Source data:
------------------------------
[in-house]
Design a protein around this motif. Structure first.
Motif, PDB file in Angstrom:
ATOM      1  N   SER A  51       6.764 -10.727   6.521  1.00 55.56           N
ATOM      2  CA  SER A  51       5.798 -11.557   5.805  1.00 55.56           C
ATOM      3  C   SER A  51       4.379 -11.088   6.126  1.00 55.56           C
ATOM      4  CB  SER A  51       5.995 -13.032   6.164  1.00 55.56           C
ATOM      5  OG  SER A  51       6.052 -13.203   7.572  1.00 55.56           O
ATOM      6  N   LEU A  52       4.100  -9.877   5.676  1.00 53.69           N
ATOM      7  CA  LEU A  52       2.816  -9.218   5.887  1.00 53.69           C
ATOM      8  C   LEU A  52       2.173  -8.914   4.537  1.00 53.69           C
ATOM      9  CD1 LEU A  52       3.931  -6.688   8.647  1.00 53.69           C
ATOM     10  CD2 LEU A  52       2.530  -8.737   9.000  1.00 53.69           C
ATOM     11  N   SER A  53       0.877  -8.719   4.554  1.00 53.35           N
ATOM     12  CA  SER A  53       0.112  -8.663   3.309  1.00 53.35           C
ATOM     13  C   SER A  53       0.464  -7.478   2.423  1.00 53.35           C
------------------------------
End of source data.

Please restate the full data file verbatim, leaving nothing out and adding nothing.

[in-house]
Design a protein around this motif. Structure first.
Motif, PDB file in Angstrom:
ATOM      1  N   SER A  51       6.764 -10.727   6.521  1.00 55.56           N
ATOM      2  CA  SER A  51       5.798 -11.557   5.805  1.00 55.56           C
ATOM      3  C   SER A  51       4.379 -11.088   6.126  1.00 55.56           C
ATOM      4  CB  SER A  51       5.995 -13.032   6.164  1.00 55.56           C
ATOM      5  OG  SER A  51       6.052 -13.203   7.572  1.00 55.56           O
ATOM      6  N   LEU A  52       4.100  -9.877   5.676  1.00 53.69           N
ATOM      7  CA  LEU A  52       2.816  -9.218   5.887  1.00 53.69           C
ATOM      8  C   LEU A  52       2.173  -8.914   4.537  1.00 53.69           C
ATOM      9  CD1 LEU A  52       3.931  -6.688   8.647  1.00 53.69           C
ATOM     10  CD2 LEU A  52       2.530  -8.737   9.000  1.00 53.69           C
ATOM     11  N   SER A  53       0.877  -8.719   4.554  1.00 53.35           N
ATOM     12  CA  SER A  53       0.112  -8.663   3.309  1.00 53.35           C
ATOM     13  C   SER A  53       0.464  -7.478   2.423  1.00 53.35           C